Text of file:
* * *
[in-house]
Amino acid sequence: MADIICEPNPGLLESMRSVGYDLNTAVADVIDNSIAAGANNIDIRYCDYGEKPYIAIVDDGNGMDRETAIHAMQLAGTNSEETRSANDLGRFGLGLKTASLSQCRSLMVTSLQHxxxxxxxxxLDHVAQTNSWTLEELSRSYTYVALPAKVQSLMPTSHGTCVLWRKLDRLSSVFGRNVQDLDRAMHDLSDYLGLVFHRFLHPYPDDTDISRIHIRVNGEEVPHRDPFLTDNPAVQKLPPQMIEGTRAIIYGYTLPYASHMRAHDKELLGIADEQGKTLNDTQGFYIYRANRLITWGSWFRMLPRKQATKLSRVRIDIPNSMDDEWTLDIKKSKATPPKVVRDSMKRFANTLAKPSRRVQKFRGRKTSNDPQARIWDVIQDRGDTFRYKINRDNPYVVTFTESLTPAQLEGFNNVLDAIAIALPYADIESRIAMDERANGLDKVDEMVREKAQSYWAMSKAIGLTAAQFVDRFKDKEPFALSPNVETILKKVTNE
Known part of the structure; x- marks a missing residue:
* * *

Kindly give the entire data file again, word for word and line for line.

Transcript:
[in-house]
Amino acid sequence: MADIICEPNPGLLESMRSVGYDLNTAVADVIDNSIAAGANNIDIRYCDYGEKPYIAIVDDGNGMDRETAIHAMQLAGTNSEETRSANDLGRFGLGLKTASLSQCRSLMVTSLQHxxxxxxxxxLDHVAQTNSWTLEELSRSYTYVALPAKVQSLMPTSHGTCVLWRKLDRLSSVFGRNVQDLDRAMHDLSDYLGLVFHRFLHPYPDDTDISRIHIRVNGEEVPHRDPFLTDNPAVQKLPPQMIEGTRAIIYGYTLPYASHMRAHDKELLGIADEQGKTLNDTQGFYIYRANRLITWGSWFRMLPRKQATKLSRVRIDIPNSMDDEWTLDIKKSKATPPKVVRDSMKRFANTLAKPSRRVQKFRGRKTSNDPQARIWDVIQDRGDTFRYKINRDNPYVVTFTESLTPAQLEGFNNVLDAIAIALPYADIESRIAMDERANGLDKVDEMVREKAQSYWAMSKAIGLTAAQFVDRFKDKEPFALSPNVETILKKVTNE
Known part of the structure; x- marks a missing residue: